Chuck Gaylord figured that if the man who stole from him didn't show up at trial, he'd be caught and held in jail. But Northeast Portland resident Gaylord was way wrong.
After police arrested Emil Mussman for theft and use of Gaylord's credit card this winter, prosecutors convinced Gaylord to delay a planned multi-month cross-country trip so he could testify at the trial.
Gaylord changed his plans and showed up at court Dec. 13, along with the judge and prosecutors. But defendant Mussman failed to appear. Mussman eventually was found and a new trial date was set for early January. So Gaylord delayed his trip a few more weeks.
Mussman showed up the first day of his new trial, but not for the second. Told that Mussman had overslept, the judge held off finishing the trial until the afternoon, but Mussman never did show, according to prosecutors. He was convicted in his absence, but the whole experience left an exasperated Gaylord wondering what a defendant who fails to appear would have to do to be held in jail, and who is taking into account the effect on crime victims.
'I postponed a trip and now he's not there and it didn't seem to be a big deal as far as the prosecutors or judge or anybody, other than me,' Gaylord says.
That's because it isn't, says Charles French, Multnomah County deputy district attorney.
'The system is skewed toward release,' French says. Most defendants are released on their own recognizance pending trial, and are allowed four failures to appear - if they are found - before being held in jail.
'There is a consequence,' French says. 'The consequence is they find out the system is going to let them go.'
In fact, the message to many offenders who miss their court dates is precisely the opposite of swift and certain consequences, which criminal justice experts say is the key to changing criminal behavior.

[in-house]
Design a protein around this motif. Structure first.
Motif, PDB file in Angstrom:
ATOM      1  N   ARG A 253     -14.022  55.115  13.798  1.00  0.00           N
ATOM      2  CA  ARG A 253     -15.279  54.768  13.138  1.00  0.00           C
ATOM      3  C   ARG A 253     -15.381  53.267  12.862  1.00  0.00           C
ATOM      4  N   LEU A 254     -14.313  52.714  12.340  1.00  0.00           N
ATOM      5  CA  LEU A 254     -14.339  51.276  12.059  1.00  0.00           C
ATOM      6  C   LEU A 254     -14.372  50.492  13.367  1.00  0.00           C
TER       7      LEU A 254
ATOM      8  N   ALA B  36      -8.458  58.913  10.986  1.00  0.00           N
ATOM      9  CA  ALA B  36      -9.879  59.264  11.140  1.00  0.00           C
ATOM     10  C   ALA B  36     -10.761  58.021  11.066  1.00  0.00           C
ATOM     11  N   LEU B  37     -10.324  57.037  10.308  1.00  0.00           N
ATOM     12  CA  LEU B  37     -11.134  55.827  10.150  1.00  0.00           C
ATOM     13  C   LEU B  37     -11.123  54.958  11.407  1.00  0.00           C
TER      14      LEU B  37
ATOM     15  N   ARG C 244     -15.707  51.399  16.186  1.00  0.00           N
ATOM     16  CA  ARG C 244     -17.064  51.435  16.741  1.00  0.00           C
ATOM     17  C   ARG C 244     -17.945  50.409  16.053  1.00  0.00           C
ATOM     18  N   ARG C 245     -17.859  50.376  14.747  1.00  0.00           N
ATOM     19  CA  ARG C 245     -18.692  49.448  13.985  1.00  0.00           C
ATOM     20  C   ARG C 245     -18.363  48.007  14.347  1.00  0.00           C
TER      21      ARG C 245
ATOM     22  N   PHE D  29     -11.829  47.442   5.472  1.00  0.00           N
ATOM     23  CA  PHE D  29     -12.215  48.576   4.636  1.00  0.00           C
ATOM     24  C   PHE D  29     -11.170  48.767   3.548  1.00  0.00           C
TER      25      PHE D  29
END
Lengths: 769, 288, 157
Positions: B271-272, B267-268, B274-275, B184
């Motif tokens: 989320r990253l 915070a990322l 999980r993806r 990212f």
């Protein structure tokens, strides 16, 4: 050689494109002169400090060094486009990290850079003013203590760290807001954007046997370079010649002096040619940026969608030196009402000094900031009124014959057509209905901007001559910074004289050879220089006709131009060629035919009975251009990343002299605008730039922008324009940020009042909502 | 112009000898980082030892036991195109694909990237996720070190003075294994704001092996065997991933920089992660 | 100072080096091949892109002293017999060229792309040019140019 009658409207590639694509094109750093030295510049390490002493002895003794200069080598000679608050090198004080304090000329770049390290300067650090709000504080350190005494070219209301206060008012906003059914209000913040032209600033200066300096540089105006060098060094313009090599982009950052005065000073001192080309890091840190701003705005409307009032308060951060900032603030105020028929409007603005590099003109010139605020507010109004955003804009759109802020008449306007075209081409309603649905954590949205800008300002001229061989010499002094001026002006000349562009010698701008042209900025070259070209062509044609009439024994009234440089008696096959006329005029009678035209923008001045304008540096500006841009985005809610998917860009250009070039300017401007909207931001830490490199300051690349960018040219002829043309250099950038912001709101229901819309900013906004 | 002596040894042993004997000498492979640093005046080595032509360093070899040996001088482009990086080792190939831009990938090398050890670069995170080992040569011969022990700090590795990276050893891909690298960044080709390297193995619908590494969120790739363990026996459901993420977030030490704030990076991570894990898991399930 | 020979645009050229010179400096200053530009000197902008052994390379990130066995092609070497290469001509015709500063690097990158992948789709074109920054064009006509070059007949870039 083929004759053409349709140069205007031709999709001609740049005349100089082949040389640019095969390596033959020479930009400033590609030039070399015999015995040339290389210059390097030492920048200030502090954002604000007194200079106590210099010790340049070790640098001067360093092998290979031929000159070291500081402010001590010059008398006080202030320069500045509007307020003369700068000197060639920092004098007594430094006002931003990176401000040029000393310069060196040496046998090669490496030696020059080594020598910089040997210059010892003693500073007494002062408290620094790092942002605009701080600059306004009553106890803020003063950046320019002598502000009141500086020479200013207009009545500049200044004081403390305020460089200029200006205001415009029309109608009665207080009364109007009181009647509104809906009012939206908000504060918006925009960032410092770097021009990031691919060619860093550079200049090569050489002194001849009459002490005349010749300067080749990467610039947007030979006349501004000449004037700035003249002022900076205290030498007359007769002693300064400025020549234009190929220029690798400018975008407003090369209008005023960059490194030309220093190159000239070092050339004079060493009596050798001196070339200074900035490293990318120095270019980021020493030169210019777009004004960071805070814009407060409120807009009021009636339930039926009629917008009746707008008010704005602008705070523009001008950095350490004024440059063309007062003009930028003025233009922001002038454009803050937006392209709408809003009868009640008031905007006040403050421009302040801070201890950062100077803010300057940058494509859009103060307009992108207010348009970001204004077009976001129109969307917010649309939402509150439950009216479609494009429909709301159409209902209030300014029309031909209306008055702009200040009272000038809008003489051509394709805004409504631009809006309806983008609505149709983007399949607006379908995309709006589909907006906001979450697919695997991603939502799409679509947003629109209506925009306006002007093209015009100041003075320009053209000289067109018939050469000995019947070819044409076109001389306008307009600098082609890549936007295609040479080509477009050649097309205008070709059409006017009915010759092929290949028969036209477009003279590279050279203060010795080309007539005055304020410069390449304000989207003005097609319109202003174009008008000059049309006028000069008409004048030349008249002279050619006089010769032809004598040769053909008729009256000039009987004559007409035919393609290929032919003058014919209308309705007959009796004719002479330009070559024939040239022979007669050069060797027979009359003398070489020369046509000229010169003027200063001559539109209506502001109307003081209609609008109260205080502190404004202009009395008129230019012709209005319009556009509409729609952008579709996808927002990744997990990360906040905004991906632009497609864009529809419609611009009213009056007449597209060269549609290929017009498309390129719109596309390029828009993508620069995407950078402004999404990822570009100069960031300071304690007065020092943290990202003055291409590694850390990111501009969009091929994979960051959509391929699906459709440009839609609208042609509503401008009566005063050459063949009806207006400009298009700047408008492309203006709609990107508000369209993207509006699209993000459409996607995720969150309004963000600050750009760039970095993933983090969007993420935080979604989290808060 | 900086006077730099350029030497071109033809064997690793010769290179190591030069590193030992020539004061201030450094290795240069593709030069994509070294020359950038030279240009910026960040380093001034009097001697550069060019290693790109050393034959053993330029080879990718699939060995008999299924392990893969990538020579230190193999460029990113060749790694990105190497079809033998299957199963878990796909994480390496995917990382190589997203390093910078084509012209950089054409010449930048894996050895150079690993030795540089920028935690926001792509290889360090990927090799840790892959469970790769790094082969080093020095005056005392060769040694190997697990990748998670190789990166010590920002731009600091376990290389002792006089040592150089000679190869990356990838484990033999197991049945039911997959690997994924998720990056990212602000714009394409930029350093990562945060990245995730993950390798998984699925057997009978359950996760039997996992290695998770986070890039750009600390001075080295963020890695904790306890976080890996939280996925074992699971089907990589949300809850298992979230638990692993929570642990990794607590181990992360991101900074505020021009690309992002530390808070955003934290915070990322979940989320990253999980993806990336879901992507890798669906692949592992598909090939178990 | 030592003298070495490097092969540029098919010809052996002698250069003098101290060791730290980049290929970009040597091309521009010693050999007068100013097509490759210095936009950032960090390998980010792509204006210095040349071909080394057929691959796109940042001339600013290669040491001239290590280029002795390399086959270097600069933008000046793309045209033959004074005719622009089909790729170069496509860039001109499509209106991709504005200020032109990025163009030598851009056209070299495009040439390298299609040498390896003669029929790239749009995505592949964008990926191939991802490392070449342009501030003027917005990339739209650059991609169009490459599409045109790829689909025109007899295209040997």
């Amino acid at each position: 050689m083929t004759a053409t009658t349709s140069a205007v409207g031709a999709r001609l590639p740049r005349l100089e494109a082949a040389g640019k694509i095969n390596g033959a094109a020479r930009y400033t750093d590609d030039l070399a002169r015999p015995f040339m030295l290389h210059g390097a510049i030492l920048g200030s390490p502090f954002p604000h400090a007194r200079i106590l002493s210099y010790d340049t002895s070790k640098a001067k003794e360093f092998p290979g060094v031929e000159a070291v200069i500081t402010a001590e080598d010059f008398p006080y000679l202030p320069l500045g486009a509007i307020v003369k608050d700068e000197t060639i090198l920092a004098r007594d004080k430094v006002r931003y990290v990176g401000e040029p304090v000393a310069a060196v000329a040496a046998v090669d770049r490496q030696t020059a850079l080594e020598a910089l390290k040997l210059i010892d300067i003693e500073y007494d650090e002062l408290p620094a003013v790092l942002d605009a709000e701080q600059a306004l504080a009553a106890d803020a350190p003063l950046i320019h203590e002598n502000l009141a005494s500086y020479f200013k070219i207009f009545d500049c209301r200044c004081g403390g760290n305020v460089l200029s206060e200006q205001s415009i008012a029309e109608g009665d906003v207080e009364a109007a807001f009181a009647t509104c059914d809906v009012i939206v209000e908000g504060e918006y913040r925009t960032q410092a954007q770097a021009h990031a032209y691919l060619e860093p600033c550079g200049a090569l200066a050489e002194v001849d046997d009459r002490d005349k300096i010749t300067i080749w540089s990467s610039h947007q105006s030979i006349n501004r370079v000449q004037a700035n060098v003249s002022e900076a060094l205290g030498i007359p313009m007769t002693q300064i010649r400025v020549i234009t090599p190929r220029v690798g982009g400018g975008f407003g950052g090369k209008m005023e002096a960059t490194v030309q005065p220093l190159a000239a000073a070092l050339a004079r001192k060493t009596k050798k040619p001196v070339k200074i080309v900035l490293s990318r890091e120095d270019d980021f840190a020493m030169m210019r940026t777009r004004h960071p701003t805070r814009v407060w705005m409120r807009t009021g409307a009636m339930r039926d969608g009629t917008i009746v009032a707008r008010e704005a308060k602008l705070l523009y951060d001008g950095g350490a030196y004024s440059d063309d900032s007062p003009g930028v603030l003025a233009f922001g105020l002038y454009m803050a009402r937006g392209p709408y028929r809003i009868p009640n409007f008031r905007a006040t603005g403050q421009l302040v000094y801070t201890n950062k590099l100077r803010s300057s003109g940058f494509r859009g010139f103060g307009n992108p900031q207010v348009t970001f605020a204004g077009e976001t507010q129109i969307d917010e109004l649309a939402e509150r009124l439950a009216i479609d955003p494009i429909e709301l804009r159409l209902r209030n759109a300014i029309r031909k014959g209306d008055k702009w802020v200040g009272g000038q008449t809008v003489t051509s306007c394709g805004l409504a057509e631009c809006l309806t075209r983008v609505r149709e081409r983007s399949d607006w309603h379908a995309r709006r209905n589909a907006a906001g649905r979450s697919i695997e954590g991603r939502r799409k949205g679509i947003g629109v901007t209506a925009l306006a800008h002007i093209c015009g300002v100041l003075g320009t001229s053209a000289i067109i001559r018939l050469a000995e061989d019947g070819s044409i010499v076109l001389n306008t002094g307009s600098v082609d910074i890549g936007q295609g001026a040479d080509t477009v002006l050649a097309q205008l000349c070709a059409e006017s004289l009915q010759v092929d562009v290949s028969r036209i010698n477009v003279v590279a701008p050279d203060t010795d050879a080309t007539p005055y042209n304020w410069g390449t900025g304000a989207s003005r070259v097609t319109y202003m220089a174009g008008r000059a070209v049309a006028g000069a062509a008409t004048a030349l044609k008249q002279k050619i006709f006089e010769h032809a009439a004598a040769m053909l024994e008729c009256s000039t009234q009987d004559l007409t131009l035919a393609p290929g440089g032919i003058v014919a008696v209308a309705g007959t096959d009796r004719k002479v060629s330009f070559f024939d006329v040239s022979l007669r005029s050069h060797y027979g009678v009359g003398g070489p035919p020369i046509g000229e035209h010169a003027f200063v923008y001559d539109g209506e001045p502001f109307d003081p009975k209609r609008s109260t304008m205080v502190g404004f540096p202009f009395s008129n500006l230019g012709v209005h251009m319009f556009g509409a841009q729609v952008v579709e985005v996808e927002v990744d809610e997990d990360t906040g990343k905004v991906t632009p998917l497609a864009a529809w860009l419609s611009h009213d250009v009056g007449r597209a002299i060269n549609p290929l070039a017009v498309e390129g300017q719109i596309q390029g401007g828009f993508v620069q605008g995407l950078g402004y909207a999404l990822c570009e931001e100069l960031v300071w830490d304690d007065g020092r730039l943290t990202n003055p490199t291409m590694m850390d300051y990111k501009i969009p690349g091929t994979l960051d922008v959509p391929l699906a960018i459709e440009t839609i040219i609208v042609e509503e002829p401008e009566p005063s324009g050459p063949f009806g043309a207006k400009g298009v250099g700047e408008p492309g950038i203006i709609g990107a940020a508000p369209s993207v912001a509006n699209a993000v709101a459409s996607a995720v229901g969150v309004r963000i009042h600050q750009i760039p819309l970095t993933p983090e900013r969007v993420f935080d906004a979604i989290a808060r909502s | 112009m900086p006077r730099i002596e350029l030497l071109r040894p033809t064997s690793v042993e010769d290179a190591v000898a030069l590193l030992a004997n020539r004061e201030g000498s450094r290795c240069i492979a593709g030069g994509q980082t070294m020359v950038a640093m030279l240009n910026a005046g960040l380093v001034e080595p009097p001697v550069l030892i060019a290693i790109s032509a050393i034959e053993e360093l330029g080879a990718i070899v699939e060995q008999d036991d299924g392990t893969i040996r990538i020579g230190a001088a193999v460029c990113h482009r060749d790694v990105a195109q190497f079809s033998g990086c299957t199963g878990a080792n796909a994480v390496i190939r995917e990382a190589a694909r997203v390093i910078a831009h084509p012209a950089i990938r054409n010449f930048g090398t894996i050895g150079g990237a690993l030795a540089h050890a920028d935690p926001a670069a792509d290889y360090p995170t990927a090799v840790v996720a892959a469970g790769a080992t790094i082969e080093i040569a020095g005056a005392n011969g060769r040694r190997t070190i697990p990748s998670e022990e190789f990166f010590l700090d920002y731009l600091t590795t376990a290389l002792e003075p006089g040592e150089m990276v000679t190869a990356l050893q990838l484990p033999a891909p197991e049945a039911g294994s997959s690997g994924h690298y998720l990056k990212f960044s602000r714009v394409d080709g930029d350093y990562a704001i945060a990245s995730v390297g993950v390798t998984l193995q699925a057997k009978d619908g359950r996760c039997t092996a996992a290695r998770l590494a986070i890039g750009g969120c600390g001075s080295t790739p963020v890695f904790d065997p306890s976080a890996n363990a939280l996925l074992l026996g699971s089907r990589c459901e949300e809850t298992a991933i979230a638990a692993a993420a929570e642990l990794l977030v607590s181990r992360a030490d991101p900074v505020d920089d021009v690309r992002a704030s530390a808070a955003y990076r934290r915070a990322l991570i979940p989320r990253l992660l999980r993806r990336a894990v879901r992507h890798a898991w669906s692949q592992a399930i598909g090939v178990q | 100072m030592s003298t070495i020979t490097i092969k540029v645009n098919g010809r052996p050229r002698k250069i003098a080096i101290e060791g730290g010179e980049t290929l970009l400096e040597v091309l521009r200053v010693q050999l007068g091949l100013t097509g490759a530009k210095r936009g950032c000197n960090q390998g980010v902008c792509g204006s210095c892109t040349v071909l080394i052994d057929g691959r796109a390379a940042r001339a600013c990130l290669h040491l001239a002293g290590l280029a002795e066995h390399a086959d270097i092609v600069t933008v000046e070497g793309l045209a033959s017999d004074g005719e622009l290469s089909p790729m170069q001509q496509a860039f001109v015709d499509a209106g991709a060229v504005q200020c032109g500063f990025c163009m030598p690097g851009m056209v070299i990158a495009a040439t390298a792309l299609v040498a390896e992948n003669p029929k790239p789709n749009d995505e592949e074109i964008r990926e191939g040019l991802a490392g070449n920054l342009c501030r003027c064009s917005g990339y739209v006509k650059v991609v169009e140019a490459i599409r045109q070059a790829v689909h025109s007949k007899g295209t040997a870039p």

Alex Tabarrok, an economist at George Mason University in Fairfax, Va., headed the largest study ever conducted on failure-to-appear cases, surveying more than 40,000 cases around the country. He says the chance of a failure-to-appear defendant avoiding court for more than a year is 50 percent lower in states that allow bail bondsmen.
'It's basic incentives,' Tabarrok says. 'The bounty hunters, unlike police, have an incentive to make sure their fugitives show up on time, and if they fail to show up, they have an incentive to recapture them.'
It isn't only crime victims who suffer when a defendant fails to appear in court. It's also a major financial burden for the criminal justice system. A 2006 study done for Multnomah County estimated the cost of each defendant failing to appear at $1,320.
Gail Meyer, lobbyist for the Oregon Criminal Defense Lawyers Association, says bringing bail bondsmen back to Oregon would be a mistake. In states where bondsmen are allowed, Meyer says, they contribute heavily to the reelection campaigns of judges and then are given preferential treatment when their clients don't appear, such as extra time to capture defendants before bail is defaulted.
'When you consider the options,' Meyer says, 'what we have makes the best sense.'
Don Trapp, Multnomah County community justice manager, is in charge of the county's pretrial release program. His department and the county sheriff's Close Street Supervision program are charged with trying to determine which defendants awaiting trial should be released, and under what conditions.
About three of four defendants are released pending trial, Trapp says. Most are released on their own recognizance, and some with conditions such as no contact with their victims. About a third of those released have supervision, such as being required to check in once a week with a pretrial release officer.
Trapp says he believes a system that relies on supervision rather than bail is more just.
'You don't want people in jail (before trial) simply because they don't have any money, because then you're criminalizing poverty, and it's inherently discriminatory,' he says.
- Peter Korn